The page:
Secondary piston 46 includes a pair of piston ring grooves 60 that respectively carry a pair of piston rings 62. Piston rings 62 are configured to inhibit blow-by of combustion products during combustion of the fuel and air mixture within combustion cylinder 18. A rod 64 is coupled with secondary piston 46, and is directly or indirectly coupled with an actuator 66 as indicated by line 68. Secondary piston 46 is reciprocated within secondary cylinder 44 to affect the combustion timing of the fuel and air mixture within combustion cylinder 18, as primary piston 24 reciprocates between a compression stroke and a return stroke within combustion cylinder 18.
Actuator 66 controls the reciprocating position of secondary piston 46, depending upon a position of primary piston 24. Actuator 66 may be configured as a cam actuator or a hydraulic actuator, depending upon the particular application. When configured as a cam actuator, the cam is configured to cause secondary piston 46 to remain, or “hang”, at the top dead center position for a predetermined period of time.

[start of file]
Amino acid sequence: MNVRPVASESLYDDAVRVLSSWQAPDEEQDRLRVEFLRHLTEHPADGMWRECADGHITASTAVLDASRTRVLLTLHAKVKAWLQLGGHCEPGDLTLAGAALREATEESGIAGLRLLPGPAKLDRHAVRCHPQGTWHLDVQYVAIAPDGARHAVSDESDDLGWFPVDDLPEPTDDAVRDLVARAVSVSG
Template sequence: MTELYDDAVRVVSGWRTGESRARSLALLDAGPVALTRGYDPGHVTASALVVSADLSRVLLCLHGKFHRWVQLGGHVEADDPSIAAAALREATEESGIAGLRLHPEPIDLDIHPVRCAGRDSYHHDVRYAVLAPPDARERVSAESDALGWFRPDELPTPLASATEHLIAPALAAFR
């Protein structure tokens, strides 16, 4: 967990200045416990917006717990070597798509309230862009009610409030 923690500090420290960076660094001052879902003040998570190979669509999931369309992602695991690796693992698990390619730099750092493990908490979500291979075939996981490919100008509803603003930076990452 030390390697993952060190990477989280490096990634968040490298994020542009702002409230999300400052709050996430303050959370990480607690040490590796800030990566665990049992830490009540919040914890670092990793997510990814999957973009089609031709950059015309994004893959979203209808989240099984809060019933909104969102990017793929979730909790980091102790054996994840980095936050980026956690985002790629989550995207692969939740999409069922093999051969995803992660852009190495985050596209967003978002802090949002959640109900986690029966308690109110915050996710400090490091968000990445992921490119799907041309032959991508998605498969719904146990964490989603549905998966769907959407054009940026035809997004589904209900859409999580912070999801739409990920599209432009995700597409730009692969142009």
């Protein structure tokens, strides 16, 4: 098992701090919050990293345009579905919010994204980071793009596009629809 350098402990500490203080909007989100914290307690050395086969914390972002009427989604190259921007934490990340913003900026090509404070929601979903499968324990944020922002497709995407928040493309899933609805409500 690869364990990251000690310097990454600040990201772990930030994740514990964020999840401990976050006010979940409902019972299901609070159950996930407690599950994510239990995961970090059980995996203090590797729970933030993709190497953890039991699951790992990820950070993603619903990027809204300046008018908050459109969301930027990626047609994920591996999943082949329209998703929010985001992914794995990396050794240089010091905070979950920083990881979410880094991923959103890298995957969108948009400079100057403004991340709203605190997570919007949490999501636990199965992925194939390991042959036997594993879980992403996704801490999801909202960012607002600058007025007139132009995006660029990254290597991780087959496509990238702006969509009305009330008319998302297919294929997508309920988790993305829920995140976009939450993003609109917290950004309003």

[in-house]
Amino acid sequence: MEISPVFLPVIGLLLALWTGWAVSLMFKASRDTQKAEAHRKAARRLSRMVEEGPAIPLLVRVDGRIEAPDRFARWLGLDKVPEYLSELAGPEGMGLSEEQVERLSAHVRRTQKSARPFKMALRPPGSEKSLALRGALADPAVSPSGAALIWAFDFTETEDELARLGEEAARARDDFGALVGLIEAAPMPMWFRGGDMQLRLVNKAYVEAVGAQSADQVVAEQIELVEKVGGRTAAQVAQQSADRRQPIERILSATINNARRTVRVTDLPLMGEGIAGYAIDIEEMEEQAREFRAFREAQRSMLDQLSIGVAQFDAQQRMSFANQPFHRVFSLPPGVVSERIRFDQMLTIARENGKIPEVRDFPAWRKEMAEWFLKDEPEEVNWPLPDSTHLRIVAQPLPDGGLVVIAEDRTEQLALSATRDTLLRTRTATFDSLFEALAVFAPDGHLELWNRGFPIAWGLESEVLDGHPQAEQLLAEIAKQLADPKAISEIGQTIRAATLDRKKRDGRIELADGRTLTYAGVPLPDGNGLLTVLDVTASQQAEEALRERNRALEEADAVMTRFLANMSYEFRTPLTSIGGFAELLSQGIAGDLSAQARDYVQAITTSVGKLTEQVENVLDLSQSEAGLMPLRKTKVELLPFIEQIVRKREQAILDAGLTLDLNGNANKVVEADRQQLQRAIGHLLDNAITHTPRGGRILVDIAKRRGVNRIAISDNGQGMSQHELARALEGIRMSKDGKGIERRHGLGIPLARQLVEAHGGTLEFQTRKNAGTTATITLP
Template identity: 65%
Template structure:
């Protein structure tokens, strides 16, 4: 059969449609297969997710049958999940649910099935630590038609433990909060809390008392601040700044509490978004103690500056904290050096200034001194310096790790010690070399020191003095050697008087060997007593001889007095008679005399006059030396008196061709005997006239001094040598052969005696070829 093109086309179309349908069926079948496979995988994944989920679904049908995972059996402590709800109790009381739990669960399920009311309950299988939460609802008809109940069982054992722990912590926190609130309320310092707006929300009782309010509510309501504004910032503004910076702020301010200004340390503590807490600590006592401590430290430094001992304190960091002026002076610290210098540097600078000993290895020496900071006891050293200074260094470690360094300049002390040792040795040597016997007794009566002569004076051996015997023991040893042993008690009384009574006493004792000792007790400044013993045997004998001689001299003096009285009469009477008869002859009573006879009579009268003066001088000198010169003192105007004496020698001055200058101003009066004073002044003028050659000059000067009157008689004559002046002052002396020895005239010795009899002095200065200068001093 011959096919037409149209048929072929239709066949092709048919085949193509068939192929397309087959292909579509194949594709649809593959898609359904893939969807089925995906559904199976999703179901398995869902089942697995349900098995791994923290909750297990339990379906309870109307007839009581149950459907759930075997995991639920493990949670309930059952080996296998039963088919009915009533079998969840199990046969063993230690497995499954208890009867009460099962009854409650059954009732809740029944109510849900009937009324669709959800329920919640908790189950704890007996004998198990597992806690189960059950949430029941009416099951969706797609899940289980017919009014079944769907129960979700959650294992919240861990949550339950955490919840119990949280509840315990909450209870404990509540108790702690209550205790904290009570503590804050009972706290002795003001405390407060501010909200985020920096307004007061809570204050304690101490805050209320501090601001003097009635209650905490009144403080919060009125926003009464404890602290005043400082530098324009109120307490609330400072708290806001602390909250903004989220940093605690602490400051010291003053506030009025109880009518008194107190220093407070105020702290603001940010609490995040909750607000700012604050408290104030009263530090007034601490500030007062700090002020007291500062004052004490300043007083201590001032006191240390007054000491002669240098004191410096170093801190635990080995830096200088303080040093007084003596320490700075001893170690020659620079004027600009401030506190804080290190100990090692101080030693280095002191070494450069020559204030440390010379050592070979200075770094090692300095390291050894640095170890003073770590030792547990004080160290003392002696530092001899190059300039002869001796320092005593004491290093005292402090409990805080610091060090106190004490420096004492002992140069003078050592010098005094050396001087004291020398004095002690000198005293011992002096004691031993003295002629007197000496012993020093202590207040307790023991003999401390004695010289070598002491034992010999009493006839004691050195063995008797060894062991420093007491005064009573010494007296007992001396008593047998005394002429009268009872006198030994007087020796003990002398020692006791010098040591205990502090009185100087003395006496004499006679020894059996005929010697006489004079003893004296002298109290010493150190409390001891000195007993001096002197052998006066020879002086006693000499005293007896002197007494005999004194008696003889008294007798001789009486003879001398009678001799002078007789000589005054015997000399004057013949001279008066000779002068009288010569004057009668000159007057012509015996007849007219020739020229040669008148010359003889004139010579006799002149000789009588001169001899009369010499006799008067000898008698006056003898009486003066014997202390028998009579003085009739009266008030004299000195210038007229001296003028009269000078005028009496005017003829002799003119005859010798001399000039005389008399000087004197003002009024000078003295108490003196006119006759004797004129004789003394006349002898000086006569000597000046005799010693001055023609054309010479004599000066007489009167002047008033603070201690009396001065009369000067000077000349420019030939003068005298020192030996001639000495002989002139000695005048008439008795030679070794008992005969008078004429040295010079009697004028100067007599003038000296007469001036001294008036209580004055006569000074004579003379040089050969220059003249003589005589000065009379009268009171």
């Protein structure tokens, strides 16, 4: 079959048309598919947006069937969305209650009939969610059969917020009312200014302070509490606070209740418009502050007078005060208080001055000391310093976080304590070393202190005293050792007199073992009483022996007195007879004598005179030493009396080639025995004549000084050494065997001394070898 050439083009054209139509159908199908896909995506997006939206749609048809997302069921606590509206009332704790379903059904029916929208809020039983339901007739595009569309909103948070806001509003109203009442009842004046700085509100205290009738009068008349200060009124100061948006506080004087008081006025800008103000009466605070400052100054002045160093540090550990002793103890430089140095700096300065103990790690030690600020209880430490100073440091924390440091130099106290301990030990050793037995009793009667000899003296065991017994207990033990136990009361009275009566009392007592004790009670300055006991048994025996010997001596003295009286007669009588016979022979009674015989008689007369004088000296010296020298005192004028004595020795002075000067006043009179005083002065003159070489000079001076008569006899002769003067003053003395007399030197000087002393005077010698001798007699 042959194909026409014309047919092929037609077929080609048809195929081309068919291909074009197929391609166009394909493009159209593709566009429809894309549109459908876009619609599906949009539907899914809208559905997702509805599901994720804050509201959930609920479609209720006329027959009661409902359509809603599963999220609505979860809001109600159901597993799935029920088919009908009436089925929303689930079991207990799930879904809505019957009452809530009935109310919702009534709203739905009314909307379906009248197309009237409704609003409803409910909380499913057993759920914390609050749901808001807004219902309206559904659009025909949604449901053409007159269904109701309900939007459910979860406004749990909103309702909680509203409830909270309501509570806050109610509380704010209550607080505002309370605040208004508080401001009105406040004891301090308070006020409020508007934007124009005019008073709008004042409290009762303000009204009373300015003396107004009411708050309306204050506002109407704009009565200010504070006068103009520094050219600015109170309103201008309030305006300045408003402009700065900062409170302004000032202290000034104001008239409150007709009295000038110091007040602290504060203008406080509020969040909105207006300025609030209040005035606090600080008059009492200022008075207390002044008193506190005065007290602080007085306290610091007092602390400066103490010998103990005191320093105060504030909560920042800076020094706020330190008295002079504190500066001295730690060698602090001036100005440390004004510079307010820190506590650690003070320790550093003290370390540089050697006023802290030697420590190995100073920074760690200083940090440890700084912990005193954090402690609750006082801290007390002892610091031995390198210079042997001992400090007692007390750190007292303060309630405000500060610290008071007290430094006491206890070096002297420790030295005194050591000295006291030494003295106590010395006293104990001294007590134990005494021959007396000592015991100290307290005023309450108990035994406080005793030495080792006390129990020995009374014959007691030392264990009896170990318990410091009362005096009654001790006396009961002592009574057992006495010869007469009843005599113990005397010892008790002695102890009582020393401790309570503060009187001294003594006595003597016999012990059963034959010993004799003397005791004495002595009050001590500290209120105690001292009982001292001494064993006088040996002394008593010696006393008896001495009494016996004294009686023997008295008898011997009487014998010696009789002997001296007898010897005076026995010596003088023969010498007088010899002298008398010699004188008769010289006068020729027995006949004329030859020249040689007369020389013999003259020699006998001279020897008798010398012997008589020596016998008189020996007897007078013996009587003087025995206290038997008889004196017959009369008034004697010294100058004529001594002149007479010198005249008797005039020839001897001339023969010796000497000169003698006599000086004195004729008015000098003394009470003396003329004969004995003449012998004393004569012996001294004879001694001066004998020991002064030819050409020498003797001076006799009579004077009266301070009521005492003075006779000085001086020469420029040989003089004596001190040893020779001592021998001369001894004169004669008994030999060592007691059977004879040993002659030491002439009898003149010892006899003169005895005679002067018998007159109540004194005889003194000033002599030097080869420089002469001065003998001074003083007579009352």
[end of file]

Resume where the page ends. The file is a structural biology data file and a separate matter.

As indicated above, actuator 66 may also be configured as a hydraulic actuator. When configured as a hydraulic actuator, rod 64 thus acts as a plunger shaft for reciprocating secondary piston 46 between a top dead center position and a bottom dead center position. When configured as a hydraulic actuator, it will be appreciated that secondary piston 46 may be moved to or through any desired location within secondary cylinder 44. Thus, the top dead center position and bottom dead center position of secondary piston 46 may vary. By varying the top dead center position of secondary piston 46, the effective compression ratio of primary piston 24 and combustion chamber 18 may likewise be varied.
In the embodiment shown in FIG. 1, secondary piston 46 and secondary cylinder 44 each have a generally cylindrical shape (i.e., generally circular cross-sectional shape). However, depending upon the particular application, it may also be possible to configure secondary piston 46 and secondary cylinder 44 with a different cross-sectional shape while still allowing effective reciprocation of the secondary piston within the secondary cylinder.
During operation of engine 10 under HCCI concepts, primary piston 24 is reciprocated within combustion cylinder 18, between a bottom dead center position and a top dead center position as shown in FIG. 1, and vice versa. As primary piston 24 moves from the bottom dead center position to the top dead center position, intake valves 54 are actuated to draw in combustion air and/or an air and fuel mixture. A separate fuel injector (not shown) may also be provided, to introduce fuel droplets 38 into combustion chamber 20.